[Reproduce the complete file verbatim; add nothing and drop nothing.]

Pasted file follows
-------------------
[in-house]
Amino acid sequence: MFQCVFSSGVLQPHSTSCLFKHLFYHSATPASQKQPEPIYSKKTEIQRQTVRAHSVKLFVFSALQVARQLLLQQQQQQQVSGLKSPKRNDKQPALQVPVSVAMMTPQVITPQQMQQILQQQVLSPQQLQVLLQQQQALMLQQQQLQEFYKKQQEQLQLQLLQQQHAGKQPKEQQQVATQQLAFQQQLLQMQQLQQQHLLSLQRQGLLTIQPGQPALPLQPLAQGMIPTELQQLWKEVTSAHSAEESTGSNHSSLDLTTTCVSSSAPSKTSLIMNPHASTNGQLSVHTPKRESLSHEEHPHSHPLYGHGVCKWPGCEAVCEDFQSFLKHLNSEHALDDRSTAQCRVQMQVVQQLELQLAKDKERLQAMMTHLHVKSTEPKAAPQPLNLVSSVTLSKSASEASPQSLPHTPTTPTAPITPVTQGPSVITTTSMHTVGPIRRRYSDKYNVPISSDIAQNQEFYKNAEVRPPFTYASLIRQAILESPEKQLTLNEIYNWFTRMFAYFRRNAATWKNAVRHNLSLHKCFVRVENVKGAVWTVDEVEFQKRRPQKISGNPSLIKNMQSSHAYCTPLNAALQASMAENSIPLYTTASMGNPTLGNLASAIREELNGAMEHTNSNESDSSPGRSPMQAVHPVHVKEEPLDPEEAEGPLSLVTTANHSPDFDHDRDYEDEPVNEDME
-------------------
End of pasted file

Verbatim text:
[in-house]
Amino acid sequence: MFQCVFSSGVLQPHSTSCLFKHLFYHSATPASQKQPEPIYSKKTEIQRQTVRAHSVKLFVFSALQVARQLLLQQQQQQQVSGLKSPKRNDKQPALQVPVSVAMMTPQVITPQQMQQILQQQVLSPQQLQVLLQQQQALMLQQQQLQEFYKKQQEQLQLQLLQQQHAGKQPKEQQQVATQQLAFQQQLLQMQQLQQQHLLSLQRQGLLTIQPGQPALPLQPLAQGMIPTELQQLWKEVTSAHSAEESTGSNHSSLDLTTTCVSSSAPSKTSLIMNPHASTNGQLSVHTPKRESLSHEEHPHSHPLYGHGVCKWPGCEAVCEDFQSFLKHLNSEHALDDRSTAQCRVQMQVVQQLELQLAKDKERLQAMMTHLHVKSTEPKAAPQPLNLVSSVTLSKSASEASPQSLPHTPTTPTAPITPVTQGPSVITTTSMHTVGPIRRRYSDKYNVPISSDIAQNQEFYKNAEVRPPFTYASLIRQAILESPEKQLTLNEIYNWFTRMFAYFRRNAATWKNAVRHNLSLHKCFVRVENVKGAVWTVDEVEFQKRRPQKISGNPSLIKNMQSSHAYCTPLNAALQASMAENSIPLYTTASMGNPTLGNLASAIREELNGAMEHTNSNESDSSPGRSPMQAVHPVHVKEEPLDPEEAEGPLSLVTTANHSPDFDHDRDYEDEPVNEDME